So back to the story! I had another talk at the book festival that evening, a translation duel between two English translators from the French. They'd translated the same passage from the French and spent the hour discussing why they'd chosen which word, and all the things you have to take into consideration when translating: tone, voice, meaning, jokes which may or may not be translatable... The chair warned us that they'd spent ten minutes discussing the placement of a single comma in the Spanish duel the night before, and we should get out while we could. Translating is really a lot more complicated than it seems.

And then, the last event of the day: the Edinburgh Military Tattoo!

I joined the queue on the Royal Mile to have my bag searched (didn't have a bag, so straight through :D) and climbed the cobbles up to the Esplanade. Every year they construct huge temporary stands around the Esplanade that cantilever out into space (didn't really think about it too much...) just for the Tattoo. I walked in under the end stand and saw the castle lit with dancing flames in braziers around the walls. It wasn't yet dark, but the effect was still magical and got even more so as the dusk came on.

I found my seat and sat watching some of the performers get their photos taken in front of the castle. The announcer welcomed everybody from everywhere and got everyone to sing happy birthday to everyone whose birthday it was. At nine o'clock an airforce jet flew over and the Tattoo began.

Kilted men (and probably women) marched out of the castle, across the drawbridge and onto the Esplanade. They kept coming, and coming, blowing their bagpipes and drumming and marching all in step. I counted seventeen rows of thirteen and tried to remember my times-tables as they marched up and down, moving in and out of one another and making impressive patterns. I really like bagpipes, and there's nothing like a full 221 people with bagpipes and drums. And this group was only the kilted population of the Tattoo - there were many more unkilted performers to come later.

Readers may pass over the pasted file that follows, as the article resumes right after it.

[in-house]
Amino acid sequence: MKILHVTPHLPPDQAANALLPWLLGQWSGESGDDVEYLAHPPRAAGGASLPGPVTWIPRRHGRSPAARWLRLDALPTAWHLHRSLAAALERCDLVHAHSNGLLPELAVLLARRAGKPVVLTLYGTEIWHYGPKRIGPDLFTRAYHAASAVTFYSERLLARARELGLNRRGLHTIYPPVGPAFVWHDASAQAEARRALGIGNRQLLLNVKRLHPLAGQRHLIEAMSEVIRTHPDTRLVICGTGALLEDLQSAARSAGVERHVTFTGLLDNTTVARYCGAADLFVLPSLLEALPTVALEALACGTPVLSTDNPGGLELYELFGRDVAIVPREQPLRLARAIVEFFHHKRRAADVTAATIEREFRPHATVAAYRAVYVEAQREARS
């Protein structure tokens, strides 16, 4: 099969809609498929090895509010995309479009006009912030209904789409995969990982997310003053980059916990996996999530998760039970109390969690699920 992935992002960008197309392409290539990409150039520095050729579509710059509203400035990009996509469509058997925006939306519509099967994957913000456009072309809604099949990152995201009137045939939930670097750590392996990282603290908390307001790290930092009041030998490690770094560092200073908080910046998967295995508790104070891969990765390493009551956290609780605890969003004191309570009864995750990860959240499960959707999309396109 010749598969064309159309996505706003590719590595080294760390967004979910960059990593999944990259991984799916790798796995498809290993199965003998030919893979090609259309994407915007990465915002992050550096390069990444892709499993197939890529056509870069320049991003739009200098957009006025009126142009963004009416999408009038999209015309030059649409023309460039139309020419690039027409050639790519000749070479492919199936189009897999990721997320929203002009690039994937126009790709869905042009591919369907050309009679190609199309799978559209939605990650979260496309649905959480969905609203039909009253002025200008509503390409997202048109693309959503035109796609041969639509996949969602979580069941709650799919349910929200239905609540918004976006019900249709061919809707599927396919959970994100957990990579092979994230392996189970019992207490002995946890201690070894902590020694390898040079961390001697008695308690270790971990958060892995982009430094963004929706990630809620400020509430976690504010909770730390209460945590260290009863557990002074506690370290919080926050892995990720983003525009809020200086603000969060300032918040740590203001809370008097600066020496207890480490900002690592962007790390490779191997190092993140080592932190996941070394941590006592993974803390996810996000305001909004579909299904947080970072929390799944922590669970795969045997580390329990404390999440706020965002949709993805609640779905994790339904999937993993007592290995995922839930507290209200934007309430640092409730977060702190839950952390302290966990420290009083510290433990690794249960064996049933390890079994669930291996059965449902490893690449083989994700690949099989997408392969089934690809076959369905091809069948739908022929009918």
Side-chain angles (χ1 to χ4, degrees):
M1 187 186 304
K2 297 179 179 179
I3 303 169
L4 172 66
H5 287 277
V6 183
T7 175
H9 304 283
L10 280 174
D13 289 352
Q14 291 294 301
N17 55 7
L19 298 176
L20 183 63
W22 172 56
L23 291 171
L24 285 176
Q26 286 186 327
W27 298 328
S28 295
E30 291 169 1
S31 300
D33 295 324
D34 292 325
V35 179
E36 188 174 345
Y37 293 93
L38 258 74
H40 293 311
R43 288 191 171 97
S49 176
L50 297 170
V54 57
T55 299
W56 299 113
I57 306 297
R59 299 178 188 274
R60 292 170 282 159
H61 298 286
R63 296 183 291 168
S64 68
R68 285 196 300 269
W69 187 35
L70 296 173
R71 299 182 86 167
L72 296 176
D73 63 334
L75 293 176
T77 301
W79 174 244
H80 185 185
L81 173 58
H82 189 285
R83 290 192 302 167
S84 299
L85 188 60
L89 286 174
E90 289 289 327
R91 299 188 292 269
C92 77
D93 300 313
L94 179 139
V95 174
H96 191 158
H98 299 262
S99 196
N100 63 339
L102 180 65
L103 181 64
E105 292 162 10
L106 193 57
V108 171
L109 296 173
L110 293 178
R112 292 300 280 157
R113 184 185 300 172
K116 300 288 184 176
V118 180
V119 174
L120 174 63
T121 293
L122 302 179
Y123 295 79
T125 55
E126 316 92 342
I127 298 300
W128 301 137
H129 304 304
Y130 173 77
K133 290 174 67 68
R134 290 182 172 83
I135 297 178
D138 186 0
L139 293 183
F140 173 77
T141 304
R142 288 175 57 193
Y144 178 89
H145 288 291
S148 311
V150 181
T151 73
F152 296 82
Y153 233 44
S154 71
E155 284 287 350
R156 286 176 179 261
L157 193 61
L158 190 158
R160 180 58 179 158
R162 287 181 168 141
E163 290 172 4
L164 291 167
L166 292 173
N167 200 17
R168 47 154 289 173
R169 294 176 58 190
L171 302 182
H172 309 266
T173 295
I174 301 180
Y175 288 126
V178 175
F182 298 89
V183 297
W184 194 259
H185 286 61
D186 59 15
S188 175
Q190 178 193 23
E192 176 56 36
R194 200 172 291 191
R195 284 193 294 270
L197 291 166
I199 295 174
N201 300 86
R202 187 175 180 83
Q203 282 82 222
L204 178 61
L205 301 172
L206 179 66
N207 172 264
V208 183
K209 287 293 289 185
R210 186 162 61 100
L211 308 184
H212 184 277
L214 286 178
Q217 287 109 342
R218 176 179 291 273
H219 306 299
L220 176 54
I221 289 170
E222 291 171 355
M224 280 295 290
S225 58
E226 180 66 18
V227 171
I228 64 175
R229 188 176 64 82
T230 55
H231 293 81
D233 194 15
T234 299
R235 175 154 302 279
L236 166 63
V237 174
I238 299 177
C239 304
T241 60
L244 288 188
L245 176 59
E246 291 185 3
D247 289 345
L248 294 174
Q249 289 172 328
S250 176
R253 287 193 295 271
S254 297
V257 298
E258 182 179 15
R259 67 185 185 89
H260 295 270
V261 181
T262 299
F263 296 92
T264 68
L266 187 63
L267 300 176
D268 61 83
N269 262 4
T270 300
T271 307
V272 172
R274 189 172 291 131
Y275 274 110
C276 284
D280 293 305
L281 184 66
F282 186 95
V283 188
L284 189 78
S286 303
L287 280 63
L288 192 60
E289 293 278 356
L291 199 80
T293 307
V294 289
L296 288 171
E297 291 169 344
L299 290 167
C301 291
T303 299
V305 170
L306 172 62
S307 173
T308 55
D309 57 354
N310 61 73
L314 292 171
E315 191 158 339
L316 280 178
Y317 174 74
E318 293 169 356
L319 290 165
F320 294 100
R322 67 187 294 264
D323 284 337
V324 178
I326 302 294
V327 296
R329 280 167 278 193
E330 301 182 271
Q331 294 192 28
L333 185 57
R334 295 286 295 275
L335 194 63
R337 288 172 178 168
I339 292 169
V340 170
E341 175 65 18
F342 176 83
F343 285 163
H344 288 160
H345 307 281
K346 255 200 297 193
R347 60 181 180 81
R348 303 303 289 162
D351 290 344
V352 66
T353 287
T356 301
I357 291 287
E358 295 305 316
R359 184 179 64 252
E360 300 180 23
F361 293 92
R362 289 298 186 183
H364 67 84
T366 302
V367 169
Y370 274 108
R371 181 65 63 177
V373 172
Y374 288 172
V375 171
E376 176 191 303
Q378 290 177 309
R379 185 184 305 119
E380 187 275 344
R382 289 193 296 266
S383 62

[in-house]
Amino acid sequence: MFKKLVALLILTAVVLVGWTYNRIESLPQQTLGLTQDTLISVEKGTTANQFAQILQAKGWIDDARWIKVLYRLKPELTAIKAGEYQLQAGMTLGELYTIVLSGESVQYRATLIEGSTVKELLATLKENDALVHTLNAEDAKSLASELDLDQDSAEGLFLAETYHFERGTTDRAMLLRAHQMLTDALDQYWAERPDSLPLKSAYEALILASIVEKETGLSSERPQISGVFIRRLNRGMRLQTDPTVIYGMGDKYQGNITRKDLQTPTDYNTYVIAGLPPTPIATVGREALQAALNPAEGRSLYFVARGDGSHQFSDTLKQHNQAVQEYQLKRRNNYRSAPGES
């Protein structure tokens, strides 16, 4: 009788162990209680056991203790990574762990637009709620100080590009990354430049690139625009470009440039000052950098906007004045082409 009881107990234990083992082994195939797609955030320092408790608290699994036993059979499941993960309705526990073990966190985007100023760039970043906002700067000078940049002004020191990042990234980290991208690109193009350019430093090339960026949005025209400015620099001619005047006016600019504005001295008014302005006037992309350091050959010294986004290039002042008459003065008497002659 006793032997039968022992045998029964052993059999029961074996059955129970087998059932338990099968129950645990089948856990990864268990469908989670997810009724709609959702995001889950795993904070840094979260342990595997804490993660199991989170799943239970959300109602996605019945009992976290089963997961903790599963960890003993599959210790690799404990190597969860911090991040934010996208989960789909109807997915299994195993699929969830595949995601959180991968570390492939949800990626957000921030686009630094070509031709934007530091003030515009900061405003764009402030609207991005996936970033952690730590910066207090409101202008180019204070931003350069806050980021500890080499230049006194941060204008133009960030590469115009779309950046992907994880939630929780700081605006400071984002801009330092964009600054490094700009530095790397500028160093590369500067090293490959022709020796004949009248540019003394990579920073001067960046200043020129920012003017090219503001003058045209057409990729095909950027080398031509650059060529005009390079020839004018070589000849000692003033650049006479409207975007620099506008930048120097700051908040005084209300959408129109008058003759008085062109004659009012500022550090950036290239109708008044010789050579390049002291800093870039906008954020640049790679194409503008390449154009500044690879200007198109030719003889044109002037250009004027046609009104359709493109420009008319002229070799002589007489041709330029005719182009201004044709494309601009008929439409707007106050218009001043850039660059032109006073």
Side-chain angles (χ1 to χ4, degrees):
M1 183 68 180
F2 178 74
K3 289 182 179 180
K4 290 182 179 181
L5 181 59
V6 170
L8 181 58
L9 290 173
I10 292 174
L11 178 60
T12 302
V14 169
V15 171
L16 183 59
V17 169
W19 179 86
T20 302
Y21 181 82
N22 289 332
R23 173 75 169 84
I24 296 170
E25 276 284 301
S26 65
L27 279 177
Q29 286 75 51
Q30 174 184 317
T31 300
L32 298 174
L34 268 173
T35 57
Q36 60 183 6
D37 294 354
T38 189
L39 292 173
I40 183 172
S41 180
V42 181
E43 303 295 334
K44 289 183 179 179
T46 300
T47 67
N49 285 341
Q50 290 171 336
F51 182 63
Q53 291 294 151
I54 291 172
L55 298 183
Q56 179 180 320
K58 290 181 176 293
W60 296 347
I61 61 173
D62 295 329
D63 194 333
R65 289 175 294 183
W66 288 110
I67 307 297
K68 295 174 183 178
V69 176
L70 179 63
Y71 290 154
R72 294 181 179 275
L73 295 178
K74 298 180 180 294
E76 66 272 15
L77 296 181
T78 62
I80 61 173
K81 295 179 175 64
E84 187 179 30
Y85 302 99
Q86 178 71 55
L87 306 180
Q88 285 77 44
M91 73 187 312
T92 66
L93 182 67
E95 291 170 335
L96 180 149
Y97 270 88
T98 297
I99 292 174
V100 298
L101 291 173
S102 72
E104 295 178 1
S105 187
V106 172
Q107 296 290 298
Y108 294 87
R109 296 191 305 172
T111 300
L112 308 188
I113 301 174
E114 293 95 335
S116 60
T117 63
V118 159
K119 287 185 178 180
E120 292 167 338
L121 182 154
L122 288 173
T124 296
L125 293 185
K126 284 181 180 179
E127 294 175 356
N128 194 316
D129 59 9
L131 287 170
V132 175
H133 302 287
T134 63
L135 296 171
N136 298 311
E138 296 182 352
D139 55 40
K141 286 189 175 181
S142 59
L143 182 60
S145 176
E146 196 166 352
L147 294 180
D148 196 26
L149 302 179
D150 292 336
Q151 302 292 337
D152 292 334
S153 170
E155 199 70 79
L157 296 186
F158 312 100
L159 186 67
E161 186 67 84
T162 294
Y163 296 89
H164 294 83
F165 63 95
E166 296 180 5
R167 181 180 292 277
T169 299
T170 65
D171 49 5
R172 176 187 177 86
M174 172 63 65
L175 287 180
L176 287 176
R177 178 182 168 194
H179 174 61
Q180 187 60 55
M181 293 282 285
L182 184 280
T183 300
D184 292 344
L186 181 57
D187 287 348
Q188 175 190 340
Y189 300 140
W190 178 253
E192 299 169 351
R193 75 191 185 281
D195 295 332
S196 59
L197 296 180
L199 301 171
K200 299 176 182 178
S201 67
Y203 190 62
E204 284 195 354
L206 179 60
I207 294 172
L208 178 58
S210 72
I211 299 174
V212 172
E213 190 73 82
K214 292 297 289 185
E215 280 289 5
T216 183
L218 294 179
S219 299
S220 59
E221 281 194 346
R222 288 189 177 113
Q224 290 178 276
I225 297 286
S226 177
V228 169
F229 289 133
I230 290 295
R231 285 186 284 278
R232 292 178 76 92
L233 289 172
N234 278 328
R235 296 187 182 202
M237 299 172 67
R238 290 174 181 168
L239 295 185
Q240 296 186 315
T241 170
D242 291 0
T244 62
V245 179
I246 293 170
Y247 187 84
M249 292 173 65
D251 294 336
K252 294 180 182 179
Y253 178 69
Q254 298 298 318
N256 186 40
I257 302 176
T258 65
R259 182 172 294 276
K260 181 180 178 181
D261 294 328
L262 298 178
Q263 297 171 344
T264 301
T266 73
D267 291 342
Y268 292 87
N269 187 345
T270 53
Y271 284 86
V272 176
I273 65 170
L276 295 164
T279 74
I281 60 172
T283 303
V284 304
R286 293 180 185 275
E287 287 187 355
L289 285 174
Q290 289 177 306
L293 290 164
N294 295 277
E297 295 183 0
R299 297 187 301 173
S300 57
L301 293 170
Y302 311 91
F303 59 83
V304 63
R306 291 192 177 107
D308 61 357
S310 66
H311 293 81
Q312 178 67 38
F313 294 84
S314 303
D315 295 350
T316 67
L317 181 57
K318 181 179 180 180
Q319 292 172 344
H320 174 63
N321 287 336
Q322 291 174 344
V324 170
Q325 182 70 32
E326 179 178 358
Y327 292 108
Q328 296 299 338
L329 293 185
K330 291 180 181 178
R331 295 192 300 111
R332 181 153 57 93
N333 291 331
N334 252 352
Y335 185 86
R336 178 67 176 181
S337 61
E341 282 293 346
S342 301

My favourite parts of the Tattoo were the first bit with all the bagpipes, the Swiss Top Secret band and the Swedish contingent. The Top Secret band only had drums, but they were absolutely mesmerising. Their specialty was mexican-wave style manoeuvres, where they would all stop drumming or turn or start drumming very quickly one after another.

The Swedish contingent, all of whom were doing their military service and had only been in the military for a year, were very good at marching around in patterns and hoisting their rifles in time to music. At one point one of the soldiers dropped his rifle and I felt quite sorry for him - it was just lying there on the ground and he was doing all the manoeuvres with an air rifle (like an air guitar. Not an actual air rifle). Then the rest of the soldiers all fired their guns, and I realised the gun on the ground was loaded! Not with an actual bullet, of course, but a blank might still do some damage if you stepped on the gun. After that I was extremely impressed with how the soldiers managed to march back and forth over the top of the gun without touching it.

The night ended with fireworks and Auld Lang Syne, and then it took twenty minutes to get out of the stands. It was past eleven p.m. by now, but the streets were as full of people as if it were daylight. This happens every night, pretty much, in August - the jet flyover, the fireworks, and the huge crowds. I wonder what the locals think...